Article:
Friday, September 09, 2005

Of apartment hunting, Lake Atitlan, and visa interviews

Life continues apace in Guatemala. We have been hosed multiple times on the apartment front, but we soldier on, as best we can. First we tried to reach an agreement on Apartment A, but the landlord refused to spend the money on the additional security measures the embassy requires for its employees' homes, i.e. screwing an extra 1/2 inch thick piece of plywood on the door and adding stronger hinges. So, we went on to Apartment B, which the landlord had conveniently not told us had already been rented by another new embassy employee a week before we saw it. Then we pleaded with Apartment A to put on the stupid $50 piece of plywood because we would surely be paying about $1000 more each month for the apartment than any Guatemalan would. She relented, but then the embassy decided the apartment was too big to fit embassy regulations. So now we're trying to figure out plan C. It seems like between the Kafkaesque government and the Dickensian landlords, we can't catch a break. In any case, we'll either convince the embassy that the apartment is really just a fine size for us, or move on to another apartment soon, and hopefully, hopefully, be moved in within a couple weeks.

In more pleasant news, we went to Lake Atitlan for the long weekend. It's a deep, alpine lake, a lot like Lake Tahoe, ringed by a series of small towns. We stayed in San Marcos la Laguna, which we soon discovered to be the hippie-new-age-crystal-power center of Guatemala. We stayed in some very cool stone cottages right near the lake. Other than a spur from the highway circling the lake that heads into the main square, there are not many roads in San Marcos; all the other buildings are reached only by footpath. Across the footpath from the stone cottages was the "Las Pyramides," a spiritual retreat complete with a little skeletal Cheops that a paying guest could sit under and, I suppose, absorb pyramid-based spiritual power. Also nearby was a pizza place that served the best pizza we've had yet in Guatemala, which lured us in with an evening showing of "Mr. and Mrs. Smith." This isolated pizza shop had somehow acquired a DVD that had both the aforementioned feature and "The Texas Chainsaw Massacre" on a single disc, with distorted pictures and nearly unintelligible audio. For the sake of the Commercial Section of the embassy, and it's strong concern for protection of US copyright, I won't speculate on the legality of said DVD.

More interestingly, the pizzeria also had what I believe to be the World's Fattest Dog. This dog was apparently a mutt, but looked vaguely beagle-like, except it was buried under so much fat, you couldn't really tell. The dog sat curled up at the door, motionless, until the Italian-accented owner of the pizzeria started clearing away dishes as the credits rolled on the entirely legitimate DVD. Our friend Kate, who enjoyed the pizza and entertainment with us that night, is one of those people who doesn't eat the cheeseless crusts of her pizza. I personally saw that dog eat the entire circular crust of her 12" pizza in a matter of seconds, and can only imagine how many pizza-equivalents that dog eats in a day.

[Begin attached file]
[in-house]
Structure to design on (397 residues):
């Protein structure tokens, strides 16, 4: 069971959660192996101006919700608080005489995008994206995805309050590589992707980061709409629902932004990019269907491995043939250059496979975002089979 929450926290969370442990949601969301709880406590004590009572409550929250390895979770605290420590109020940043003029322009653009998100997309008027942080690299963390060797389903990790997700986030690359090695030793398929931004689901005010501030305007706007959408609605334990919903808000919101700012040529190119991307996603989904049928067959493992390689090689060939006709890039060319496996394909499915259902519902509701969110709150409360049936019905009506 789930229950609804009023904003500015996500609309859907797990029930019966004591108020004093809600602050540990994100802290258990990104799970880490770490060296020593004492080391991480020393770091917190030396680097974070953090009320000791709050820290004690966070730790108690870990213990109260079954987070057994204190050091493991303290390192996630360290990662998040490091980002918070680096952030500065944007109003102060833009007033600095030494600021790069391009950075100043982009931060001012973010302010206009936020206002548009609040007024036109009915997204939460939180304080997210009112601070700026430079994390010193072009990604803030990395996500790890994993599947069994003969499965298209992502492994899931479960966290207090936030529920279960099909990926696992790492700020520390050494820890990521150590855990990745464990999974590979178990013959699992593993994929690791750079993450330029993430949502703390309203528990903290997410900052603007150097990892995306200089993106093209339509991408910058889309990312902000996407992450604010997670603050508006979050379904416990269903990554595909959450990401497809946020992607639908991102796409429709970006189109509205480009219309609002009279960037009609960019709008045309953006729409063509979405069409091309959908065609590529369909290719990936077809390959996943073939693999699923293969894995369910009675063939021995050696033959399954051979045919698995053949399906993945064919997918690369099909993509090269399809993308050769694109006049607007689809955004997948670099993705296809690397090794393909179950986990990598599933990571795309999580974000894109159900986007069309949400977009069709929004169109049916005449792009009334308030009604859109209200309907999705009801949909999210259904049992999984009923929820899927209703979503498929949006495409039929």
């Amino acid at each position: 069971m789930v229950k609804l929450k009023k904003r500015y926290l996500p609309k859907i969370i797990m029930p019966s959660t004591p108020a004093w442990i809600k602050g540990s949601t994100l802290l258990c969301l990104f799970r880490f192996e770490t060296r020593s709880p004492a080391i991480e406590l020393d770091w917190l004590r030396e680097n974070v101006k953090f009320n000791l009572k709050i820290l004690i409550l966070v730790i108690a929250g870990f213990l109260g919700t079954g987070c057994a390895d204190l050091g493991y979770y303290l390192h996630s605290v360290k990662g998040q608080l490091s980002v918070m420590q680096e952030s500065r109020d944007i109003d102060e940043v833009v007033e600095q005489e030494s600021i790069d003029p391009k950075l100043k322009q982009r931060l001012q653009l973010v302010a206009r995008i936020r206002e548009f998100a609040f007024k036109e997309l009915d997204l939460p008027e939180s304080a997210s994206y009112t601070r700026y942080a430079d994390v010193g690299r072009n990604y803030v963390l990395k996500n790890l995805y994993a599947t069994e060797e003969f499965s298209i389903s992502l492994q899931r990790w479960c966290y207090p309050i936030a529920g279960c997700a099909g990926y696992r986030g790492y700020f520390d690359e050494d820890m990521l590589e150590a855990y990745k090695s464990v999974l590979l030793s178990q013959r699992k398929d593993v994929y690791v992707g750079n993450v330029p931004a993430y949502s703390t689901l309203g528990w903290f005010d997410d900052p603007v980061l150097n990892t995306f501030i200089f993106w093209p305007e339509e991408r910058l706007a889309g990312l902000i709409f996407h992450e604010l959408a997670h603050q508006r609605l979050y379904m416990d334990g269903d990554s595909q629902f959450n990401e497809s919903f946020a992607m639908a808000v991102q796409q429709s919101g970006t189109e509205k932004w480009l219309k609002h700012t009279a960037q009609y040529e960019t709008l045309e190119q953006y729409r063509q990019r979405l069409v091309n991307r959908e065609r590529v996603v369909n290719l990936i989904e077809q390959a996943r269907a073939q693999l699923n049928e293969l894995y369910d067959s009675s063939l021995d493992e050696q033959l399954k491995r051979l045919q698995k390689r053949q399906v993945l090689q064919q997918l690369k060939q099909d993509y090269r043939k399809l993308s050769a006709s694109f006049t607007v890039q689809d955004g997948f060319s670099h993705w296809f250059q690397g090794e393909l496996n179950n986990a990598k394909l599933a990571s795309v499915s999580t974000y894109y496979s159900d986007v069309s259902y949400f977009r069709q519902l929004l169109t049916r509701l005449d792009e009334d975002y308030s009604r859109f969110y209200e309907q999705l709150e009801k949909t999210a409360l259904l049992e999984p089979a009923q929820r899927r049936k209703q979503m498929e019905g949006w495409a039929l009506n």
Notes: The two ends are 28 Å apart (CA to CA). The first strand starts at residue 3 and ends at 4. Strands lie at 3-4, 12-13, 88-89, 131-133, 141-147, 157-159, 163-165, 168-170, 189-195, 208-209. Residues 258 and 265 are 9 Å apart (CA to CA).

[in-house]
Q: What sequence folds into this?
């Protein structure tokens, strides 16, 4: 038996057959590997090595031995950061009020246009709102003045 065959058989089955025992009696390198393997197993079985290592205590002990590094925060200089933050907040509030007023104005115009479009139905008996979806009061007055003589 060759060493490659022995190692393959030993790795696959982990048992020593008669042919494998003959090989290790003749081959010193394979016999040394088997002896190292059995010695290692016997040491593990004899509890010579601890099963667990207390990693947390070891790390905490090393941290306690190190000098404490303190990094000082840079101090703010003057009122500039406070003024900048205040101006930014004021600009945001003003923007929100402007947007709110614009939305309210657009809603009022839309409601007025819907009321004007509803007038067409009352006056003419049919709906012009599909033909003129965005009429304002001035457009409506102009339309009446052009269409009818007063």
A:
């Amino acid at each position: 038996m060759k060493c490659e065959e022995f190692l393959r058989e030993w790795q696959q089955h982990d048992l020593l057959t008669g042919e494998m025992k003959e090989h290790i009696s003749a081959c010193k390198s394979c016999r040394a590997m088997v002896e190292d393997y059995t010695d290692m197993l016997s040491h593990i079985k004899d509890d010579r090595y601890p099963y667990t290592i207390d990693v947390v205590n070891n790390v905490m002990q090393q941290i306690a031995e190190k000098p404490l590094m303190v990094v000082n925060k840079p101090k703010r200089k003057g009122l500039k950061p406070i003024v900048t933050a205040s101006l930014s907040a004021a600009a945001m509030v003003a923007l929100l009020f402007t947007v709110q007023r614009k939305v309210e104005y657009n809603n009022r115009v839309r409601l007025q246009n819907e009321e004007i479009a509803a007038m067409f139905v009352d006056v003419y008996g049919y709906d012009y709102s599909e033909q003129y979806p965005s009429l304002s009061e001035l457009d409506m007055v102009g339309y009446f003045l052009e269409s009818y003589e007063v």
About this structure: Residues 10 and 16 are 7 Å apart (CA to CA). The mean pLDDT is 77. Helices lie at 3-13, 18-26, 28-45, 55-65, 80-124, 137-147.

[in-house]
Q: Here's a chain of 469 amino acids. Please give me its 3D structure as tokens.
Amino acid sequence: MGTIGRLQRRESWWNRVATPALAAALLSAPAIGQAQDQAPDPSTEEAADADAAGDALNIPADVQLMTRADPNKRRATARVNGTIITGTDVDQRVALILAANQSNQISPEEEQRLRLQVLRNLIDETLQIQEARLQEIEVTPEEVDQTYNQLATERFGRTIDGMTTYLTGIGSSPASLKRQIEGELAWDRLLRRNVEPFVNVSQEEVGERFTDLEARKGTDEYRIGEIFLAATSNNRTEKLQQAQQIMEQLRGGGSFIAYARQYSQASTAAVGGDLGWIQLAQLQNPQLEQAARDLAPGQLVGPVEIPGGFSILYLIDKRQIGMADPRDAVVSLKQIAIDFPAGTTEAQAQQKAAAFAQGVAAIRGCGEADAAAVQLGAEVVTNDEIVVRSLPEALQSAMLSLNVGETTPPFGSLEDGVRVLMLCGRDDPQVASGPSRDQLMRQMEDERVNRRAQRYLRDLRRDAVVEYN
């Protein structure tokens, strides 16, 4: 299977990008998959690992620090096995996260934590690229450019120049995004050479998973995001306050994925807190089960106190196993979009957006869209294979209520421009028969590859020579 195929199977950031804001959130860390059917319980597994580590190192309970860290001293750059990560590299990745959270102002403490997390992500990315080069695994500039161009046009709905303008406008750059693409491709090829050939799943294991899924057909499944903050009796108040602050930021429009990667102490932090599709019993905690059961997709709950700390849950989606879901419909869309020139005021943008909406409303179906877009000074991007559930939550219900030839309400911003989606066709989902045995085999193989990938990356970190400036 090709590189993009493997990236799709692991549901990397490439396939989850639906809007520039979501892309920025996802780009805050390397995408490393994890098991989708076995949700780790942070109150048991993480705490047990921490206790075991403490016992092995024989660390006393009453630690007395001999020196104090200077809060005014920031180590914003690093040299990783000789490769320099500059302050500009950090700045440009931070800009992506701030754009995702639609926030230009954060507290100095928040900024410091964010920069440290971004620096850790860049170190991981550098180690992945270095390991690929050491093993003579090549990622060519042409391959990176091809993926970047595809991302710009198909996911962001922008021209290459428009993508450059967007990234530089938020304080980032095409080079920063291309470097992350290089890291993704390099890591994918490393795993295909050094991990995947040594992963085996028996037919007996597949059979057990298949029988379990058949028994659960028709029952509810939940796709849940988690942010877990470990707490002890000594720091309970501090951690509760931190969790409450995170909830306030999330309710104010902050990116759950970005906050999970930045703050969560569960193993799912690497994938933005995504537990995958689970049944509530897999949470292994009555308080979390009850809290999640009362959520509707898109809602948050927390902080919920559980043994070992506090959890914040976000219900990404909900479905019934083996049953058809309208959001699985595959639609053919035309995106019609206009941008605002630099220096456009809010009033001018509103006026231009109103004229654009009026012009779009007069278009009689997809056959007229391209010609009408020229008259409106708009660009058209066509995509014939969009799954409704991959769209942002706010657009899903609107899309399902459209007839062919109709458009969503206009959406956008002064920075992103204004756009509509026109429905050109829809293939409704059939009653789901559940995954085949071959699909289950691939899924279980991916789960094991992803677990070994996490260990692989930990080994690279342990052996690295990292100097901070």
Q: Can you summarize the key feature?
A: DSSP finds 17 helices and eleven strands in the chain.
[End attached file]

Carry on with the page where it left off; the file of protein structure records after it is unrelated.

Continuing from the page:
Oh, what made me think of the pizza place is that it had a sign near the door, amidst others advertising tours or hotels or whatnot, that read: "Land for sale in San Marcos. Great location, 1 acre, perfect for house or business. THIS LAND HAS HEALING ENERGY. Call 555-1212." I was about to buy, but The Economist said that the housing bubble is about to burst, so I decided to grab up some land with HEALING ENERGY in a couple years, when it's more reasonably valued.

Anyway, the lake was nice. We kayaked. Kayaking was great, and we wanted to do it the next day, so we asked the guy when his little kayak rental shack would open, and he said he'd be there at 8:00 AM. So we showed up at 8:30 and then again at 9:30, and he wasn't there. But kayaking on a lake surrounded by volcanos was pretty sweet.

My job interviewing visa applicants is actually pretty interesting. At least so far. Today, for example, I interviewed a guy who was going to the US only so he could get on a cruise ship to work as a waiter; a woman who claimed God had spoken to her through a prophet and told her to go to the US; a guy going to represent Guatemala in a Tae Kwon Do competition (a couple days ago I interviewed two girls competing in the 10- and 12-year-old brackets at an inline roller skating competition); and a woman suspected of alien smuggling while working for the US embassy. So far, only one person has told me to go to hell when I denied her visa application.

That's about it from here now. I'm sure that's about all you ever wanted to know about the dogs and DVDs of San Marcos. And yet, I will regale you with tales of adventure from Guatemala again soon.

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